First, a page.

However, most banks are lagging with this having taken a relatively conservative, compliance-led approach focused on meeting regulations rather than driving innovation. In reality, institutions should regard APIs as new route to market alongside branch, telephony, and digital, given the orders of magnitude differences in usage by customers.

While it is indeed still early stages for Open Banking, banks are realising that it will have fundamental implications for how customers interact in the digital world in the medium-to-long term. Banks need to approach and manage API as a channel rather than just as a system interface, to the extent that they do with the existing core channels.

Spurring on the monetisation of payments data

According to a report by the World Economic Forum data will become a growing point of differentiation for banks, which, for that reason, will have to use “a combination of data strategies to collect the depth and breadth of data needed to follow the lead of tech firms in data monetisation.”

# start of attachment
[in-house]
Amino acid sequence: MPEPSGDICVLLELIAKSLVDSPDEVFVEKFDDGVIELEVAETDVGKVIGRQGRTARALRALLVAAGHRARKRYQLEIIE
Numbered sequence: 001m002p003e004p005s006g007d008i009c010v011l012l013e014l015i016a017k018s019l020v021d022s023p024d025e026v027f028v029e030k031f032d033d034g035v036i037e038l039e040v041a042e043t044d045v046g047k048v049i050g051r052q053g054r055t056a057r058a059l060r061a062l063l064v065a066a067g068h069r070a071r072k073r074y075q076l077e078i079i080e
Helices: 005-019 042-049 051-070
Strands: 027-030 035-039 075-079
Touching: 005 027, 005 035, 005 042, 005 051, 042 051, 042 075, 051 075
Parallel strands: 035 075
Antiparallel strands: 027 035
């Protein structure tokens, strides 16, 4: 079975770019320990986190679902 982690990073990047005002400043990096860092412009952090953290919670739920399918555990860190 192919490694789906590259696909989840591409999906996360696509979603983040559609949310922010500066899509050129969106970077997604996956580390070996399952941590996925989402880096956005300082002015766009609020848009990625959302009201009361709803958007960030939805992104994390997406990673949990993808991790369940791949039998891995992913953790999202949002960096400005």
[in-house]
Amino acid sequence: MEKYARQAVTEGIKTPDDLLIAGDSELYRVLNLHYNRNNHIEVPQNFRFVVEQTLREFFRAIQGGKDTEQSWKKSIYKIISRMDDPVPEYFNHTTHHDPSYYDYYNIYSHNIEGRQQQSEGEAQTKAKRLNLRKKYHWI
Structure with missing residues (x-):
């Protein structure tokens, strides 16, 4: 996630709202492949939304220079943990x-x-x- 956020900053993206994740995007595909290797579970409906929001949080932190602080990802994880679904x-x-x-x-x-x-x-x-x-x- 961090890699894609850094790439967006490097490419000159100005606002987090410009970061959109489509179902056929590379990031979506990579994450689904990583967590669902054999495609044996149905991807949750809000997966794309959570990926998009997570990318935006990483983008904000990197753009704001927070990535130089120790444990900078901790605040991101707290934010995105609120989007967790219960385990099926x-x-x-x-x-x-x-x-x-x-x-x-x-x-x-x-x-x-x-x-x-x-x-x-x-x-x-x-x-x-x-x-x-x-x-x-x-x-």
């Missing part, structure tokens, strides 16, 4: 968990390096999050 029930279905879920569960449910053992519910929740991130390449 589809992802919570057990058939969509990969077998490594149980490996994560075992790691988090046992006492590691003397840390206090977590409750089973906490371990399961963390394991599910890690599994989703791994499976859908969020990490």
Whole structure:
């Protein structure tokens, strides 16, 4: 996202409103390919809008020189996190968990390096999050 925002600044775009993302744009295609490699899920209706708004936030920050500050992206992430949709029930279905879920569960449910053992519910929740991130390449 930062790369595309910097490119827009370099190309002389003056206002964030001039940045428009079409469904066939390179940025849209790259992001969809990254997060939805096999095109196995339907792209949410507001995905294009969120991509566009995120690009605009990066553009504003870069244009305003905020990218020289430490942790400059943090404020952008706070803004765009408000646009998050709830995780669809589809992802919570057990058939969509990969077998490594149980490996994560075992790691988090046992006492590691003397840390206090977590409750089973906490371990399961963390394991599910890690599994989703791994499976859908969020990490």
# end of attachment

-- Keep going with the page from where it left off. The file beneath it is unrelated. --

Data should be considered holistically and strategically, including business, operational, governance and technical requirements. Waiting for regulatory clarity does not need to mean stalling adoption. Banks may be reticent to utilise and monetise data types to their maximum, but institutions can and should experiment with types of data that are considered ‘safer’ than others, such as anonymous or synthetic data.

To speed up time to market, banks need to take advantage of previously made investments. ISO 20022 is a proven, flexible, modern data standard that can assist banks in homogenous data capture, of which they can receive actionable insight from. It should be a cornerstone of every bank’s data strategy. Much like APIs, ISO 20022 has been around for a long time. Banks now need to look at both of these through a new lens, to magnify revenue opportunity.

Hussam Kamel

Hussam Kamel is a Payments Architect with extensive experience navigating Global Tier-1 financial organisations through digital transformation journeys. His management consultancy background enables him to provide detailed viewpoints on key market initiatives, as well as pragmatic advice and recommendations for successful payment transformation.